Aren’t these eggs beautiful?
This would be a typical mix of colors from my wife’s sister Beverly and her husband Brent’s hen house. I’ve never had a better egg than one fresh from the tap.
Ameraucana breed of chicken lays various shades of blue and green eggs, while around 90% of all white eggs we get in the store are laid by a strain of the Leghorn chicken. Australorp and Rhode Island Red chickens lay brown eggs and Barnevelders lay very dark reddish brown eggs with a matte finish. There are hundreds of chicken breeds, laying different sizes and colors of eggs. Some chickens are layers, some are bred for cooking. Some are quiet, some are loud, some lay a lot of eggs, some a few.
Did you know that a chicken is born with all the eggs she could ever lay already in her? That is about 4000, even though most chickens rarely lay over 1500 eggs in their life and the average layer lays between 250 and 270 eggs per year.
More importantly eggs are almost a perfect food. Read this from the Incredible egg site:
New USDA study shows eggs have 14% less cholesterol and more vitamin D.
The amount of cholesterol in a single large egg has decreased by 14 percent according to the new United States Department of Agriculture (USDA) nutrition data*. Consuming an egg a day fits easily within dietary guidance, which recommends limiting cholesterol consumption to 300 mg per day.
Eggs now contain 41 IU of vitamin D, which is an increase of 64 percent from 2002. Eggs are one of the few foods that are a naturally good source of vitamin D, meaning that one egg provides at least 10 percent of the Recommended Daily Allowance (RDA). Vitamin D plays an important role in calcium absorption, helping to form and maintain strong bones.
The amount of protein in one large egg – 6 grams of protein or 12 percent of the Recommended Daily Value – remains the same, and the protein in eggs is one of the highest quality proteins found in any food. Eggs are all?natural, and one egg has lots of vitamins and minerals all for 70 calories. The nutrients in eggs can play a role in weight management, muscle strength, healthy pregnancy, brain function, eye health and more. At less than 15 cents apiece, eggs are an affordable and delicious breakfast option.
*In 2010, a random sample of regular shell eggs was collected from locations across the country to analyze the nutrient content of eggs. The testing procedure was last completed with eggs in 2002, and while most nutrients remained similar to those values, cholesterol decreased by 14% and vitamin D increased by 64% from 2002 values.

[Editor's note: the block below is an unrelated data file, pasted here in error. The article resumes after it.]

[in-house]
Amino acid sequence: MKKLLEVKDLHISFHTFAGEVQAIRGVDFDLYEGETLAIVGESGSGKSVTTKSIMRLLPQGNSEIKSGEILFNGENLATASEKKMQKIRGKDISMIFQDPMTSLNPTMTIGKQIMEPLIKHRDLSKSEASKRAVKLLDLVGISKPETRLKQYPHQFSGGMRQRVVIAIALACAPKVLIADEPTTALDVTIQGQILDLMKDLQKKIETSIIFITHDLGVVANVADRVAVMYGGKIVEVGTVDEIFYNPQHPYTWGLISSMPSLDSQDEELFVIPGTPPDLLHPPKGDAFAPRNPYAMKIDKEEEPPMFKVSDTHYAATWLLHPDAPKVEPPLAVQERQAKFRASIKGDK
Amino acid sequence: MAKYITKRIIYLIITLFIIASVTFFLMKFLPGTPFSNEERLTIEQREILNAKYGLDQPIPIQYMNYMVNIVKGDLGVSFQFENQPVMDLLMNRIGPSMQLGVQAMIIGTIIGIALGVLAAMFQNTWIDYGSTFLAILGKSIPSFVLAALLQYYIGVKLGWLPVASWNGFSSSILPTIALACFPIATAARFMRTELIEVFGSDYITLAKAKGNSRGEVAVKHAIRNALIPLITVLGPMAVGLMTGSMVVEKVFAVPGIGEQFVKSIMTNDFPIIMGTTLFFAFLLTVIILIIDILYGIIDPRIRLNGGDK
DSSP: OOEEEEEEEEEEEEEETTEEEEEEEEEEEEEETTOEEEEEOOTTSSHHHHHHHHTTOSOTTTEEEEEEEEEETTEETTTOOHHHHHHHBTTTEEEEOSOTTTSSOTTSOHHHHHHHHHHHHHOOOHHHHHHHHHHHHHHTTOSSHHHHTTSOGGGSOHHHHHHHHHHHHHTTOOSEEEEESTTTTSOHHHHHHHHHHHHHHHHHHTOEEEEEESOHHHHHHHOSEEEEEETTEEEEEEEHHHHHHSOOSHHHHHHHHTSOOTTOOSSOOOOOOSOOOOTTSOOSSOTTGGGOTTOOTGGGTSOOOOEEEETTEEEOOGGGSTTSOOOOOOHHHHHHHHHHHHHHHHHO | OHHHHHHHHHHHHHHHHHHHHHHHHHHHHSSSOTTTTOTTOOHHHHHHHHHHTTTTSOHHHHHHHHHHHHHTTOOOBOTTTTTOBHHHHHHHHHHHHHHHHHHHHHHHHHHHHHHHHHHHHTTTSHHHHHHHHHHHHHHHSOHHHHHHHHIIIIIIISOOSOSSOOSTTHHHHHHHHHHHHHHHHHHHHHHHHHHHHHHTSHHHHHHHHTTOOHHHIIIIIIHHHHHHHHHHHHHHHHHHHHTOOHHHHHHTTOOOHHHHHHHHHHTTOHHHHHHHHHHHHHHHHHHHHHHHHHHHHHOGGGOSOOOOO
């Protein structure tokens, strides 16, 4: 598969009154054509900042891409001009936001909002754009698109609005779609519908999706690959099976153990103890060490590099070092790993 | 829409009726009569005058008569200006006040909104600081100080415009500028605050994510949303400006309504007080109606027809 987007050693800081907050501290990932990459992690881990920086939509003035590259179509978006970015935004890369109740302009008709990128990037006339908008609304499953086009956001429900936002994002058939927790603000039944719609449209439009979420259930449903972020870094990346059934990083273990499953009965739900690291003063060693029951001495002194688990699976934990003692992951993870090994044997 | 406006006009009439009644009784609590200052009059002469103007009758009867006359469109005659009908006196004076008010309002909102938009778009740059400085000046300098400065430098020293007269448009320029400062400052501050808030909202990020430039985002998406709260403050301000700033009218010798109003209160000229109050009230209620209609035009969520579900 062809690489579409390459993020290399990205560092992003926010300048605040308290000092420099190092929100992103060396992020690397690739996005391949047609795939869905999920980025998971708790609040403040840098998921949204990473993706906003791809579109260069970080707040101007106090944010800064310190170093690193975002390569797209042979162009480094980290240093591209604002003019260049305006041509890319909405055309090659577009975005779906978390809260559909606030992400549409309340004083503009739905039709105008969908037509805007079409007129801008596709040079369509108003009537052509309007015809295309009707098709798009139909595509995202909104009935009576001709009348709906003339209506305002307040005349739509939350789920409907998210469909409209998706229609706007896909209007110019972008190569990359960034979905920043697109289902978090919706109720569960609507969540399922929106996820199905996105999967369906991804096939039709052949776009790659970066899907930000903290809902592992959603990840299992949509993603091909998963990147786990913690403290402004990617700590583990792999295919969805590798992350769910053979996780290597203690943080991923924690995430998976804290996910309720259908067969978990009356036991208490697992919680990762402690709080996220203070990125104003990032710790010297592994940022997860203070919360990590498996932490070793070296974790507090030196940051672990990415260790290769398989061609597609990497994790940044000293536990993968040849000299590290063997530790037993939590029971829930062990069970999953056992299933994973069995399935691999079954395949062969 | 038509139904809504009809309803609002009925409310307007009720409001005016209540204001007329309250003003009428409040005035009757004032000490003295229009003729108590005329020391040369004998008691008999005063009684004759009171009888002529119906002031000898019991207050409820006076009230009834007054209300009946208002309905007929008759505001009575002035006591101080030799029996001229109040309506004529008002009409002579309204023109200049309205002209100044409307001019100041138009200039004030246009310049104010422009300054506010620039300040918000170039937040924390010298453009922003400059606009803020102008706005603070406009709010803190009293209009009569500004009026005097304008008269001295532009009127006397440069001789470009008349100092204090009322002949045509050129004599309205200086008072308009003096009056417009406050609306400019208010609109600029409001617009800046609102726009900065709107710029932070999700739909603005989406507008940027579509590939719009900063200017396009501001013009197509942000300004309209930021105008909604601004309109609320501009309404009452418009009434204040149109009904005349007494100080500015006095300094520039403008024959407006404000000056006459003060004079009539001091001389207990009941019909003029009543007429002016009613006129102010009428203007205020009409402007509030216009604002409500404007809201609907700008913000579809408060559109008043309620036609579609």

Jughandle is in the process of starting a back yard chicken coop with a starting flock of 6 chickens. That should get me between 1 1/2 to 2 dozen eggs per week. By the way, if you don’t like to hear that constant crow of the rooster, don’t get one. You don’t need a rooster to have chickens lay eggs.
More to come-
I received the following from Debi & Jack Bridgforth in Texas:
Keep in mind this treatment of burns which is included in teaching beginner fireman this method. First aid consists of spraying cold water on the affected area until the heat is reduced and stops burning the layers of skin. Then, spread egg whites on the affected area.
One woman burned a large part of her hand with boiling water. In spite of the pain, she ran cold faucet water on her hand, separated 2 egg white from the yolks, beat them slightly and dipped her hand in the solution. The whites then dried and formed a protective layer.
She later learned that the egg white is a natural collagen and continued during at least one hour to apply layer upon layer of beaten egg white. By afternoon she no longer felt any pain and the next day there was hardly a trace of the burn. 10 days later, no trace was left at all and her skin had regained its normal color. The burned area was totally regenerated thanks to the collagen in the egg whites, a placenta full of vitamins.
Eggs are truely amazing, thanks Debi and Jack – Jughandle
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Shoot, who would have touhght that it was that easy?